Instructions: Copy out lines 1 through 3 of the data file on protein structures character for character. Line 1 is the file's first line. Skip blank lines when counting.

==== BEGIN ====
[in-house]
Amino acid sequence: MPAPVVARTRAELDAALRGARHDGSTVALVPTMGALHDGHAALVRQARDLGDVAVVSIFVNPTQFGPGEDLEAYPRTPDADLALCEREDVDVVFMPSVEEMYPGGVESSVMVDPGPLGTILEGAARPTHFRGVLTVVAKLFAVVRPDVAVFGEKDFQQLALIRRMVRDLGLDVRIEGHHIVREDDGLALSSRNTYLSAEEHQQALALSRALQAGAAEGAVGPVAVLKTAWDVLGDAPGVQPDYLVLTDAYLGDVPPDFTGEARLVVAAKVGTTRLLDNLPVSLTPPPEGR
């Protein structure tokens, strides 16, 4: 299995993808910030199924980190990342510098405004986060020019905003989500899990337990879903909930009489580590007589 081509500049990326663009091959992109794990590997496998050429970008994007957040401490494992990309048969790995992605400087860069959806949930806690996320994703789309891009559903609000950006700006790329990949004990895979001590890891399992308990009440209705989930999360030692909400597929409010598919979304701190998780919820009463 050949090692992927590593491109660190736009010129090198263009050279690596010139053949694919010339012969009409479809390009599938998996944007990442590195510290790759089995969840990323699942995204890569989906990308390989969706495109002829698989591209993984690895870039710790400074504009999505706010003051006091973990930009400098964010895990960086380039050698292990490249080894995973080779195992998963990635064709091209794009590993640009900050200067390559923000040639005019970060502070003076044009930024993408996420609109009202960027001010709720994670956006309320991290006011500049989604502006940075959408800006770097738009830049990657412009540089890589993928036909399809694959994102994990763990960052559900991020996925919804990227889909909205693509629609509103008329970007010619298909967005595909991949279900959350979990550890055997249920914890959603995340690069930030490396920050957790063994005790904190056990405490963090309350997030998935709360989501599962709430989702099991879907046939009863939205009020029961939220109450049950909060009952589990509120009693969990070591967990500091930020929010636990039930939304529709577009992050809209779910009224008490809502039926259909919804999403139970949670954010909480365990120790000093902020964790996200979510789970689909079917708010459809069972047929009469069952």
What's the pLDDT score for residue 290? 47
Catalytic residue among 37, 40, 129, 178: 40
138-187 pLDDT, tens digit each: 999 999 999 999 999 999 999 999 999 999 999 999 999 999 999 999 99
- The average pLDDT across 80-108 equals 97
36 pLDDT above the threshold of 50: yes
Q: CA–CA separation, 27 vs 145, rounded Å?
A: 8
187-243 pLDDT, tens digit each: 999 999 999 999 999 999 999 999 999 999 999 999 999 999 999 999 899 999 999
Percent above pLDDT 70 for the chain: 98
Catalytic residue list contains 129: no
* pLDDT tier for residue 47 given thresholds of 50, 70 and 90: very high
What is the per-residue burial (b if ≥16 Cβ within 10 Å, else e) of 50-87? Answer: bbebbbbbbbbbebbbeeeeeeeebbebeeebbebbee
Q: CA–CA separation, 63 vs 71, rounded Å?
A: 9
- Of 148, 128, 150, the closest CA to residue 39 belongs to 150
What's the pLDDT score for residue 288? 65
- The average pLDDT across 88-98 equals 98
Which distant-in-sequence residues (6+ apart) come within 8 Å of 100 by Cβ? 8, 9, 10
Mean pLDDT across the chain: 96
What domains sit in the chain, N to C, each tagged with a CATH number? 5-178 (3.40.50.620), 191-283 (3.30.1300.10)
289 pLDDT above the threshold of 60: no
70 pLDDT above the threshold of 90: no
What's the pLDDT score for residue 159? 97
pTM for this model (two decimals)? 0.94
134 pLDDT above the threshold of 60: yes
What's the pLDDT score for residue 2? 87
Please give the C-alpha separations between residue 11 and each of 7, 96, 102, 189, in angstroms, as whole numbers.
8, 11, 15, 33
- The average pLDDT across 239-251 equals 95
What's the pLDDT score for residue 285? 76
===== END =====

[in-house]
Amino acid sequence: MPAPVVARTRAELDAALRGARHDGSTVALVPTMGALHDGHAALVRQARDLGDVAVVSIFVNPTQFGPGEDLEAYPRTPDADLALCEREDVDVVFMPSVEEMYPGGVESSVMVDPGPLGTILEGAARPTHFRGVLTVVAKLFAVVRPDVAVFGEKDFQQLALIRRMVRDLGLDVRIEGHHIVREDDGLALSSRNTYLSAEEHQQALALSRALQAGAAEGAVGPVAVLKTAWDVLGDAPGVQPDYLVLTDAYLGDVPPDFTGEARLVVAAKVGTTRLLDNLPVSLTPPPEGR
């Protein structure tokens, strides 16, 4: 299995993808910030199924980190990342510098405004986060020019905003989500899990337990879903909930009489580590007589 081509500049990326663009091959992109794990590997496998050429970008994007957040401490494992990309048969790995992605400087860069959806949930806690996320994703789309891009559903609000950006700006790329990949004990895979001590890891399992308990009440209705989930999360030692909400597929409010598919979304701190998780919820009463 050949090692992927590593491109660190736009010129090198263009050279690596010139053949694919010339012969009409479809390009599938998996944007990442590195510290790759089995969840990323699942995204890569989906990308390989969706495109002829698989591209993984690895870039710790400074504009999505706010003051006091973990930009400098964010895990960086380039050698292990490249080894995973080779195992998963990635064709091209794009590993640009900050200067390559923000040639005019970060502070003076044009930024993408996420609109009202960027001010709720994670956006309320991290006011500049989604502006940075959408800006770097738009830049990657412009540089890589993928036909399809694959994102994990763990960052559900991020996925919804990227889909909205693509629609509103008329970007010619298909967005595909991949279900959350979990550890055997249920914890959603995340690069930030490396920050957790063994005790904190056990405490963090309350997030998935709360989501599962709430989702099991879907046939009863939205009020029961939220109450049950909060009952589990509120009693969990070591967990500091930020929010636990039930939304529709577009992050809209779910009224008490809502039926259909919804999403139970949670954010909480365990120790000093902020964790996200979510789970689909079917708010459809069972047929009469069952």